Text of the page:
This PDF is the current document as it appeared on Public Inspection on 06/30/2017 at 08:45 am.
U.S. Customs and Border Protection, Department of Homeland Security.
Notice of proposed rulemaking.
U.S. Customs and Border Protection (CBP) is proposing to extend the geographical limits of the port of entry of Savannah, Georgia. The proposed extension will make the boundaries more easily identifiable to the public and will allow for uniform and continuous service to the extended area of Savannah, Georgia. The proposed change is part of CBP's continuing program to use its personnel, facilities, and resources more efficiently and to provide better service to carriers, importers, and the general public.
Comments must be received on or before September 1, 2017.
Please submit comments, identified by docket number, by one of the following methods:
- Federal eRulemaking Portal: http://www.regulations.gov. Follow the instructions for submitting comments via docket number USCBP-2017-0017.
- Mail: Trade and Commercial Regulations Branch, Office of Trade, U.S. Customs and Border Protection, 90 K Street NE., 10th Floor, Washington, DC 20229-1177.
Instructions: All submissions received must include the agency name and docket number for this rulemaking. All comments received will be posted without change to http://www.regulations.gov, including any personal information provided.
Docket: For access to the docket to read background documents or comments received, go to http://www.regulations.gov. Submitted comments may be inspected during regular business days between the hours of 9 a.m. and 4:30 p.m. at the Trade and Commercial Regulations Branch, Regulations and Rulings, Office of Trade, Customs and Border Protection, 90 K Street NE., 10th Floor, Washington, DC 20229-1177. Arrangements to inspect submitted comments should be made in advance by calling Mr. Joseph Clark at (202) 325-0118.Start Further Info
FOR FURTHER INFORMATION CONTACT:
Roger Kaplan, Office of Field Operations, U.S. Customs and Border Protection, (202) 325-4543, or by email at Roger.Kaplan@dhs.gov.End Further Info End Preamble Start Supplemental Information
I. Public Participation
Interested persons are invited to participate in this rulemaking by submitting written data, views, or arguments on all aspects of the proposed rule. U.S. Customs and Border Protection (CBP) also invites comments that relate to the economic, environmental, or federalism effects that might result from this proposed rule. Comments that will provide the most assistance to CBP will reference a specific portion of the proposed rule, explain the reason for any recommended change, and include data, information, or authority that support such recommended change.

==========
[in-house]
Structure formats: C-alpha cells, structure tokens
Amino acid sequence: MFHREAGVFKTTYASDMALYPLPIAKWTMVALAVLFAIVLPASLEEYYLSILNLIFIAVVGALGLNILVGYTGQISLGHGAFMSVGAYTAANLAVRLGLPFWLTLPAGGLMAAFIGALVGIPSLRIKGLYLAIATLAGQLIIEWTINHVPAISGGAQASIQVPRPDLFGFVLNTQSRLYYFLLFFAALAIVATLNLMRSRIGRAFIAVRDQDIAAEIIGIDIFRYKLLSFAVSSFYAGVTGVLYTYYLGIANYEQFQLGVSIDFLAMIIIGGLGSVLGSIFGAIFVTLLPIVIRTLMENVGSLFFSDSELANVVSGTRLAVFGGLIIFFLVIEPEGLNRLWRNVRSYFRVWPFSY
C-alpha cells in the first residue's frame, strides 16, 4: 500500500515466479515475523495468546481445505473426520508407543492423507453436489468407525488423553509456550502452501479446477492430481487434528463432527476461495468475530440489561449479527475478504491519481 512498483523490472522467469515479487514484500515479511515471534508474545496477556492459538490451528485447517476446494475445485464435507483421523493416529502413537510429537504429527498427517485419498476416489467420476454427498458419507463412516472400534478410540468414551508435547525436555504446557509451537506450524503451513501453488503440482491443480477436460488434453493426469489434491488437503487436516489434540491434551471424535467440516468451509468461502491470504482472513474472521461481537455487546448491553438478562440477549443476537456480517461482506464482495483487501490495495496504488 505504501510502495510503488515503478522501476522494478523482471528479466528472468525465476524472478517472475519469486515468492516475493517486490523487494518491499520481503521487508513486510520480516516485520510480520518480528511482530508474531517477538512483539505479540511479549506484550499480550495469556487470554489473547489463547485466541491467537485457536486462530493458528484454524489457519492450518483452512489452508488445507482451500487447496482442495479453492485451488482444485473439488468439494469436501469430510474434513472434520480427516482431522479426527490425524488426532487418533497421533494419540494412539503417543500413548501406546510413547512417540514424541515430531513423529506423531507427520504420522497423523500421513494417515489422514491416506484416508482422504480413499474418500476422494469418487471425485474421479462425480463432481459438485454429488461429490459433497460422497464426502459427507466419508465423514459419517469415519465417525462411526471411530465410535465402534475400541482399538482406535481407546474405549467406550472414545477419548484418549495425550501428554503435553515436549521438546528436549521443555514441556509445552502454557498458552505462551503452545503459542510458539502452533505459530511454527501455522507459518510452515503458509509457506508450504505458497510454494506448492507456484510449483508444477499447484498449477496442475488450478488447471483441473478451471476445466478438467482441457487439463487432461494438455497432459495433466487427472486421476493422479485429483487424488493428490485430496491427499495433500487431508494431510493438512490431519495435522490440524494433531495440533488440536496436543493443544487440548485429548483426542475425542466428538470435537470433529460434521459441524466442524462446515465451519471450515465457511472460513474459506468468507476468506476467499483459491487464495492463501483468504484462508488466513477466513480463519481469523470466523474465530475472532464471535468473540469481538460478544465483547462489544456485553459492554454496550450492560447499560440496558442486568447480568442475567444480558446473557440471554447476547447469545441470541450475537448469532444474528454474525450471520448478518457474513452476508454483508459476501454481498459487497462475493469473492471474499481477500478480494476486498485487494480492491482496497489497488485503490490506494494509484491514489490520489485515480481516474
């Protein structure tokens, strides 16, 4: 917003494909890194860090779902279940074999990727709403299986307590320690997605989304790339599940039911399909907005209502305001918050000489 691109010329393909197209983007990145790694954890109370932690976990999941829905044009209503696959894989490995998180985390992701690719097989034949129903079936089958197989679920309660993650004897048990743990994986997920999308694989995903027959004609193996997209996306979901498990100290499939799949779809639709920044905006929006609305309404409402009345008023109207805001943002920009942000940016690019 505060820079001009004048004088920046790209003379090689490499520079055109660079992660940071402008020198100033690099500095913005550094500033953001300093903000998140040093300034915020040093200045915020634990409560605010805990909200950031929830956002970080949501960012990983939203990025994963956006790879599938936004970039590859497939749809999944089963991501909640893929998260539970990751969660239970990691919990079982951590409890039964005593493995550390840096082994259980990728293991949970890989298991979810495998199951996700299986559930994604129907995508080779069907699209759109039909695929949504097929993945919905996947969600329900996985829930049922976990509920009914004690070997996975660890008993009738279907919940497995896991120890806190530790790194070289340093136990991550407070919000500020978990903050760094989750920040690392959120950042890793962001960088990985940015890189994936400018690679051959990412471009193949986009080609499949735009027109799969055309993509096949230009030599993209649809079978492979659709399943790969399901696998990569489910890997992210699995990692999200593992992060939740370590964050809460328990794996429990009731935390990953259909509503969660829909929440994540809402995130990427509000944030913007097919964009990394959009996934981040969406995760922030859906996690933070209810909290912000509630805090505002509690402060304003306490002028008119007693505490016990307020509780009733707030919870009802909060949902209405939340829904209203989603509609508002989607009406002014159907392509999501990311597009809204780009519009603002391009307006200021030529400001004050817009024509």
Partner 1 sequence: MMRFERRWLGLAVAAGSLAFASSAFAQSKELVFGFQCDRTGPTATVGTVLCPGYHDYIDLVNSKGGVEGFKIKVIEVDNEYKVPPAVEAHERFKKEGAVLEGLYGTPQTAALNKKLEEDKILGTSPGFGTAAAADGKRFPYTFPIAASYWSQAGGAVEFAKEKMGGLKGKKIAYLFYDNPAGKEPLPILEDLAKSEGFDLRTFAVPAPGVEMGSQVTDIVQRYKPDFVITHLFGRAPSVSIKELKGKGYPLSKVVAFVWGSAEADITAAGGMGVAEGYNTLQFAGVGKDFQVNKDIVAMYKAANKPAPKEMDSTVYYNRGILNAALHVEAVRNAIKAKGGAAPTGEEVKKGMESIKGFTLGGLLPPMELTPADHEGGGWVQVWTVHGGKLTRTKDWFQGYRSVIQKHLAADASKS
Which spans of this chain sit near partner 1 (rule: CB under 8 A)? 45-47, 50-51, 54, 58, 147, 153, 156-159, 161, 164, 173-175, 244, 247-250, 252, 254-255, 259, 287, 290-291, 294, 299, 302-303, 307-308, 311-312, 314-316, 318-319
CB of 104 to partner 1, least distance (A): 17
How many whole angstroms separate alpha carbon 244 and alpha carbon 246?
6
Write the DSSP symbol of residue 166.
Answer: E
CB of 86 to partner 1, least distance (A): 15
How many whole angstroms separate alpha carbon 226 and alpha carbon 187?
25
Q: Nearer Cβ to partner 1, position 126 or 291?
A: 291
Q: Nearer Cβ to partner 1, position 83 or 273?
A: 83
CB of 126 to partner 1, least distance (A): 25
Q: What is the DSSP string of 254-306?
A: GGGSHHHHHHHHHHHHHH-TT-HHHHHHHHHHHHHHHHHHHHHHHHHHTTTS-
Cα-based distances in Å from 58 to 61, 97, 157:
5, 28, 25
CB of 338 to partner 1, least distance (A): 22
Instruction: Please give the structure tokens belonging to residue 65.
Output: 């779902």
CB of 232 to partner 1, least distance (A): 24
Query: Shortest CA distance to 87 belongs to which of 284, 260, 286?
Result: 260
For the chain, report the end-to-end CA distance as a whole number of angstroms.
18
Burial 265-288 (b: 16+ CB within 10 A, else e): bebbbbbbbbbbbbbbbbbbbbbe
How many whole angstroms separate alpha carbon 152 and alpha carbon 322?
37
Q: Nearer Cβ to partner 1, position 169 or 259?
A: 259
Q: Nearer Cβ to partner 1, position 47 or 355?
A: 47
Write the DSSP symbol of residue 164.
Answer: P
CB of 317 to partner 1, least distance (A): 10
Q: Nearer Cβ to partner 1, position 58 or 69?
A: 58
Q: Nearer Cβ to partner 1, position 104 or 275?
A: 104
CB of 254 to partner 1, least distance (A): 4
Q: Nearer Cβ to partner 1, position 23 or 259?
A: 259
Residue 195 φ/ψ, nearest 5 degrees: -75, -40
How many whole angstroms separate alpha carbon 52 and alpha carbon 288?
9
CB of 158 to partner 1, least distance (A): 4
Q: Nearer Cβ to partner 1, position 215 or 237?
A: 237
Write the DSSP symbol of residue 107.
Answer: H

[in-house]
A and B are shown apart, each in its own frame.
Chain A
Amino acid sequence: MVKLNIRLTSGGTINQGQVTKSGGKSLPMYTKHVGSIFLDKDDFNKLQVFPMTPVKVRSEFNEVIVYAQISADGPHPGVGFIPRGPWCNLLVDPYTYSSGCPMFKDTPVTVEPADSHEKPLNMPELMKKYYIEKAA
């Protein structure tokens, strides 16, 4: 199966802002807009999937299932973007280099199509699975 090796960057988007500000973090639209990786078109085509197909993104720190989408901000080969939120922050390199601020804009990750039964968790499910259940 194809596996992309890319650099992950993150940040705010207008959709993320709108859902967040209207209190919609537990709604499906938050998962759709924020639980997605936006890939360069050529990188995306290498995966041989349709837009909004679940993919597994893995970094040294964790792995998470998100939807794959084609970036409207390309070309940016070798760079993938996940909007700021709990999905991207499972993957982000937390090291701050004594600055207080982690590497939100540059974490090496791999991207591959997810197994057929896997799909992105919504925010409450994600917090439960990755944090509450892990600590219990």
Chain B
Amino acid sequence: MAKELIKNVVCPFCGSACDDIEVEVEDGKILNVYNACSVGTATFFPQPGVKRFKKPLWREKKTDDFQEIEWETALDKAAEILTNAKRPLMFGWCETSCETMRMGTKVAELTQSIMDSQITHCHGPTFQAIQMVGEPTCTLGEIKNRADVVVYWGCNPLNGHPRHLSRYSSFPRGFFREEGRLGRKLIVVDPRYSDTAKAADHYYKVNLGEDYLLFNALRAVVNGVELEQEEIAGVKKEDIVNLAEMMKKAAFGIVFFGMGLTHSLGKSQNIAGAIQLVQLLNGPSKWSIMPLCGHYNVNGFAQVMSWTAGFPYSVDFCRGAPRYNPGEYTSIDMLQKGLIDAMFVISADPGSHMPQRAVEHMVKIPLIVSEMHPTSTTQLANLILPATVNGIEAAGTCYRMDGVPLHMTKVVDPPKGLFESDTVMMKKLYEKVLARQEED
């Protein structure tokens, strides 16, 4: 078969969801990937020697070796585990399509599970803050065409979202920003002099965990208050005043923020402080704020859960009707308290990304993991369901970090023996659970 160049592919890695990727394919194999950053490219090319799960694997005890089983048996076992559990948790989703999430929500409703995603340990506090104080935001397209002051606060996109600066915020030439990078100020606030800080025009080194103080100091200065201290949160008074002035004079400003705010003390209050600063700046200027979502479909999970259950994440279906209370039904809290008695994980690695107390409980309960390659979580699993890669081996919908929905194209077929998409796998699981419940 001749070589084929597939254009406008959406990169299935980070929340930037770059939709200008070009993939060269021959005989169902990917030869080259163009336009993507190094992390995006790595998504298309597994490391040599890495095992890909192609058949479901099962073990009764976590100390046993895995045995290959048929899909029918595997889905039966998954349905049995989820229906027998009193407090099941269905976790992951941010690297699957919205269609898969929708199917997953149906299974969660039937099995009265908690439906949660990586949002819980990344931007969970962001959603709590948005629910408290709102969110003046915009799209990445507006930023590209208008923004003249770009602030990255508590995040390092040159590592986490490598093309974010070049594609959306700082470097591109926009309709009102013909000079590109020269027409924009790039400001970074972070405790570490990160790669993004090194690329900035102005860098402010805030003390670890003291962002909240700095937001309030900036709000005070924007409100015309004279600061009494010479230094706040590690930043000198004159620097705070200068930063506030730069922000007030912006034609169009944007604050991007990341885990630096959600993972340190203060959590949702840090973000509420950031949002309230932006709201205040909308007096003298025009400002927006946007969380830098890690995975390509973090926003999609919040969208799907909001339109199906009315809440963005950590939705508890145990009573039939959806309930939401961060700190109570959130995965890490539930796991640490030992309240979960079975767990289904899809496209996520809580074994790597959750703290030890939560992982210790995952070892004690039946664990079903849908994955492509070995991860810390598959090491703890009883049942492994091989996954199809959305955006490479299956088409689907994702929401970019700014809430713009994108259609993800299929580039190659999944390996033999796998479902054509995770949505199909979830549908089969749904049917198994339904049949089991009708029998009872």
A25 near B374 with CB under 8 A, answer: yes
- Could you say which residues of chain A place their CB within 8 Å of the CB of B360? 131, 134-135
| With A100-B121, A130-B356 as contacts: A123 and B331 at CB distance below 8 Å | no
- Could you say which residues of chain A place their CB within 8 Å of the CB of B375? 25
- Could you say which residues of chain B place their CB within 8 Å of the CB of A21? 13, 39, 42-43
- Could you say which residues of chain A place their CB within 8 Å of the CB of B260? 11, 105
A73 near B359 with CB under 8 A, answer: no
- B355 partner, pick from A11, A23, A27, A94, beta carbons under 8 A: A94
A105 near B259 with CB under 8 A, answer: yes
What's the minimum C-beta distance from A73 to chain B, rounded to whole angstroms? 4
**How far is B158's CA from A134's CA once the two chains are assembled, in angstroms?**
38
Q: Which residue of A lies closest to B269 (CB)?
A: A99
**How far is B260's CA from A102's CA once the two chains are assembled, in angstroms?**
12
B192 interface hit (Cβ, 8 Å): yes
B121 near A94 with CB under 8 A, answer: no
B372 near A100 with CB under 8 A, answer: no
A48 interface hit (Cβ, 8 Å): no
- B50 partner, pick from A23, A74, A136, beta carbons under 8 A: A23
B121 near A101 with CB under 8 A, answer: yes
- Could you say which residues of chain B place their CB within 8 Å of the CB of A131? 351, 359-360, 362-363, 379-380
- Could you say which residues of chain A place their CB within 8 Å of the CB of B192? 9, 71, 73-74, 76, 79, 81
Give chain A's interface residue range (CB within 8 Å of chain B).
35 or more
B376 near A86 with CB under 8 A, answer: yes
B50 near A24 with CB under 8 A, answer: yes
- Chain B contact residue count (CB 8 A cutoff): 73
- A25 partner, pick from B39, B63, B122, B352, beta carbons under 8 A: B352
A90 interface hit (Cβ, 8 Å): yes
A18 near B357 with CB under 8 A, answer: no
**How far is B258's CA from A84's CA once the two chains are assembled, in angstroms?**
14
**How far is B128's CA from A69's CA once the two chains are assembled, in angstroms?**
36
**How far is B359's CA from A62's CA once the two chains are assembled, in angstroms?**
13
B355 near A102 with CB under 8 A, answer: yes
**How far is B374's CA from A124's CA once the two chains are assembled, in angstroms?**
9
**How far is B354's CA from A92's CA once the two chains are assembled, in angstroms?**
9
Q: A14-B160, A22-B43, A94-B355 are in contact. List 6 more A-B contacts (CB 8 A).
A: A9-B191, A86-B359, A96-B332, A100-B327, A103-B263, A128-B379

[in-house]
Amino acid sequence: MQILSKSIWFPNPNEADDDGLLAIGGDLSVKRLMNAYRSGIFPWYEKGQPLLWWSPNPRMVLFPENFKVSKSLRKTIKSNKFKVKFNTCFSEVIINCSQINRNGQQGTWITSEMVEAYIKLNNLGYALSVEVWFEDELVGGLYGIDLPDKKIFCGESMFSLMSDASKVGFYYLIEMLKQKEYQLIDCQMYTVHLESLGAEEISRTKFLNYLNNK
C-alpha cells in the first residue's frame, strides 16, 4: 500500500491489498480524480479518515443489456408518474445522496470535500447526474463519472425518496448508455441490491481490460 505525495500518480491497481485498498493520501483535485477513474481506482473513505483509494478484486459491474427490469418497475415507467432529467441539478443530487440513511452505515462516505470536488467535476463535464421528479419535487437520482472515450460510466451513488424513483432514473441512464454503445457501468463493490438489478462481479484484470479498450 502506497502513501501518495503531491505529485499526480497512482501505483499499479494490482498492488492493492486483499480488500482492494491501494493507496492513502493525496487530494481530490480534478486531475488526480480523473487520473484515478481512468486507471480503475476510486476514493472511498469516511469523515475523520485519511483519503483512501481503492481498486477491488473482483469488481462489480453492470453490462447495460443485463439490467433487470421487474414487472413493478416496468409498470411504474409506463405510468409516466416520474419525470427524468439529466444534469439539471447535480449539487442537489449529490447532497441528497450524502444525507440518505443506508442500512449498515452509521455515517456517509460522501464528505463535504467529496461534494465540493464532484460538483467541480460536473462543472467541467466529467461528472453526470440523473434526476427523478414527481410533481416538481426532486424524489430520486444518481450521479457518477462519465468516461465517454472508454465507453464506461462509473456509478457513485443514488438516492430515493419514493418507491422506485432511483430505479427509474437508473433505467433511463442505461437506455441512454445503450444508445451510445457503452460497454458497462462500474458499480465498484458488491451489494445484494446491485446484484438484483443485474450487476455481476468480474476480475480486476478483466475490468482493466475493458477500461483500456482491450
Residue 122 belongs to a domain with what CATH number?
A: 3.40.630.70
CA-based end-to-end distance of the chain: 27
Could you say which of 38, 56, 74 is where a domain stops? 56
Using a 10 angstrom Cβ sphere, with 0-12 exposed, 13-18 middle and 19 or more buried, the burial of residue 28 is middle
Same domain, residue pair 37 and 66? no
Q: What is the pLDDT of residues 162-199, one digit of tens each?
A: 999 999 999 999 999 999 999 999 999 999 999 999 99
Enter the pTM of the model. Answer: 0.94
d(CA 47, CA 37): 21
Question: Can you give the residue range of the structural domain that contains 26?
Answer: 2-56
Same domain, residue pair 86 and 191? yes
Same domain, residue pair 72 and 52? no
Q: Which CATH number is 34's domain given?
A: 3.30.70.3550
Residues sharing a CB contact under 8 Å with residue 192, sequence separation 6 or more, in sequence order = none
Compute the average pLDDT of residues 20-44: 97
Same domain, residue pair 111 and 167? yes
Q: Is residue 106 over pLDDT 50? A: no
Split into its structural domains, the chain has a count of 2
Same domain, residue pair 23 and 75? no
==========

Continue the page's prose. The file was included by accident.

As part of its continuing efforts to use CBP's personnel, facilities, and resources more efficiently, and to provide better service to carriers, importers, and the general public, CBP is proposing to extend the limits of the Savannah, Georgia port of entry. The CBP ports of entry are locations where CBP officers and employees are assigned to accept entries of merchandise, clear passengers, collect duties, and enforce the various provisions of customs, immigration, agriculture, and related U.S. laws at the border. The term “port of entry” is used in the Code of Federal Regulations (CFR) in title 8 for immigration purposes and in title 19 for customs purposes. For immigration purposes, Savannah, Georgia port of entry is classified as a Class A port in District 26 under 8 CFR 100.4(a). For customs purposes, CBP regulations list designated CBP ports of entry and the limits of each port in 19 CFR 101.3(b)(1).
Savannah, Georgia was designated as a customs port of entry by the President's message of March 3, 1913, concerning a reorganization of the U.S. Customs Service pursuant to the Act of August 24, 1912 (37 Stat. 434; 19 U.S.C. 1). Executive Order 8367, dated March 5, 1940, established specific geographical boundaries for the port of entry of Savannah, Georgia.